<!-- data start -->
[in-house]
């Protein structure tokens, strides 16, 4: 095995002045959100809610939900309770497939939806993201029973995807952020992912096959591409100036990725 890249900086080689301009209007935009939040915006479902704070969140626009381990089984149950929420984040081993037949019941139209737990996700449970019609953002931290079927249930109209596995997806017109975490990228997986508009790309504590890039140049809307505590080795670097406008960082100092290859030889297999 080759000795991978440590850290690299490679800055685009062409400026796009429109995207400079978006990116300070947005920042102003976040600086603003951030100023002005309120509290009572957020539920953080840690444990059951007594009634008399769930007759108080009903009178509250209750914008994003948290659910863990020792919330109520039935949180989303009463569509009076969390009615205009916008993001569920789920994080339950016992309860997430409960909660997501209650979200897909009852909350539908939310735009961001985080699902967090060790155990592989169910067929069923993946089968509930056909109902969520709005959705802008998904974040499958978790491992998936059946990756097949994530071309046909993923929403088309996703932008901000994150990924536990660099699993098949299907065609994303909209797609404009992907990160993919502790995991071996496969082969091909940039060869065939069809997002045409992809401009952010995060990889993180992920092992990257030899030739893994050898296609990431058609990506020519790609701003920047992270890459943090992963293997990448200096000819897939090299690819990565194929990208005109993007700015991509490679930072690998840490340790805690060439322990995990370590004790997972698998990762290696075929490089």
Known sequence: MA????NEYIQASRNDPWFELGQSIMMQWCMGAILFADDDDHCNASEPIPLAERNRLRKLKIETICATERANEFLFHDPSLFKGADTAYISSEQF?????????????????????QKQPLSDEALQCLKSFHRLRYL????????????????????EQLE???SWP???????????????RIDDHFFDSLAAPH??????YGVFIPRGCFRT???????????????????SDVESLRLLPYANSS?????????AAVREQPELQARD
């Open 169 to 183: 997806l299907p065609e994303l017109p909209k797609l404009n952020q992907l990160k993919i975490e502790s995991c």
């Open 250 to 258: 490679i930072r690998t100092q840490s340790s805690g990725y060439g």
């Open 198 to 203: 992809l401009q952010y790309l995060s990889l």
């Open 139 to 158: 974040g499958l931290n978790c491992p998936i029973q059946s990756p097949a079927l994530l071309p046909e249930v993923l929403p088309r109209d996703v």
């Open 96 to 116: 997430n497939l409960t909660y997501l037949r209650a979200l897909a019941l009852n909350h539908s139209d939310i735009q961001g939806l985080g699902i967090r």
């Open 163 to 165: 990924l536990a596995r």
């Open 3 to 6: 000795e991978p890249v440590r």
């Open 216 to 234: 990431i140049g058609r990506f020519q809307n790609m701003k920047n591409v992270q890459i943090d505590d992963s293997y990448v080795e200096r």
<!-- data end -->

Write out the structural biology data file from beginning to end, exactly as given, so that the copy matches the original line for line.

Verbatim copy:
[in-house]
């Protein structure tokens, strides 16, 4: 095995002045959100809610939900309770497939939806993201029973995807952020992912096959591409100036990725 890249900086080689301009209007935009939040915006479902704070969140626009381990089984149950929420984040081993037949019941139209737990996700449970019609953002931290079927249930109209596995997806017109975490990228997986508009790309504590890039140049809307505590080795670097406008960082100092290859030889297999 080759000795991978440590850290690299490679800055685009062409400026796009429109995207400079978006990116300070947005920042102003976040600086603003951030100023002005309120509290009572957020539920953080840690444990059951007594009634008399769930007759108080009903009178509250209750914008994003948290659910863990020792919330109520039935949180989303009463569509009076969390009615205009916008993001569920789920994080339950016992309860997430409960909660997501209650979200897909009852909350539908939310735009961001985080699902967090060790155990592989169910067929069923993946089968509930056909109902969520709005959705802008998904974040499958978790491992998936059946990756097949994530071309046909993923929403088309996703932008901000994150990924536990660099699993098949299907065609994303909209797609404009992907990160993919502790995991071996496969082969091909940039060869065939069809997002045409992809401009952010995060990889993180992920092992990257030899030739893994050898296609990431058609990506020519790609701003920047992270890459943090992963293997990448200096000819897939090299690819990565194929990208005109993007700015991509490679930072690998840490340790805690060439322990995990370590004790997972698998990762290696075929490089």
Known sequence: MA????NEYIQASRNDPWFELGQSIMMQWCMGAILFADDDDHCNASEPIPLAERNRLRKLKIETICATERANEFLFHDPSLFKGADTAYISSEQF?????????????????????QKQPLSDEALQCLKSFHRLRYL????????????????????EQLE???SWP???????????????RIDDHFFDSLAAPH??????YGVFIPRGCFRT???????????????????SDVESLRLLPYANSS?????????AAVREQPELQARD
């Open 169 to 183: 997806l299907p065609e994303l017109p909209k797609l404009n952020q992907l990160k993919i975490e502790s995991c």
């Open 250 to 258: 490679i930072r690998t100092q840490s340790s805690g990725y060439g």
């Open 198 to 203: 992809l401009q952010y790309l995060s990889l």
């Open 139 to 158: 974040g499958l931290n978790c491992p998936i029973q059946s990756p097949a079927l994530l071309p046909e249930v993923l929403p088309r109209d996703v």
């Open 96 to 116: 997430n497939l409960t909660y997501l037949r209650a979200l897909a019941l009852n909350h539908s139209d939310i735009q961001g939806l985080g699902i967090r």
């Open 163 to 165: 990924l536990a596995r």
């Open 3 to 6: 000795e991978p890249v440590r």
């Open 216 to 234: 990431i140049g058609r990506f020519q809307n790609m701003k920047n591409v992270q890459i943090d505590d992963s293997y990448v080795e200096r």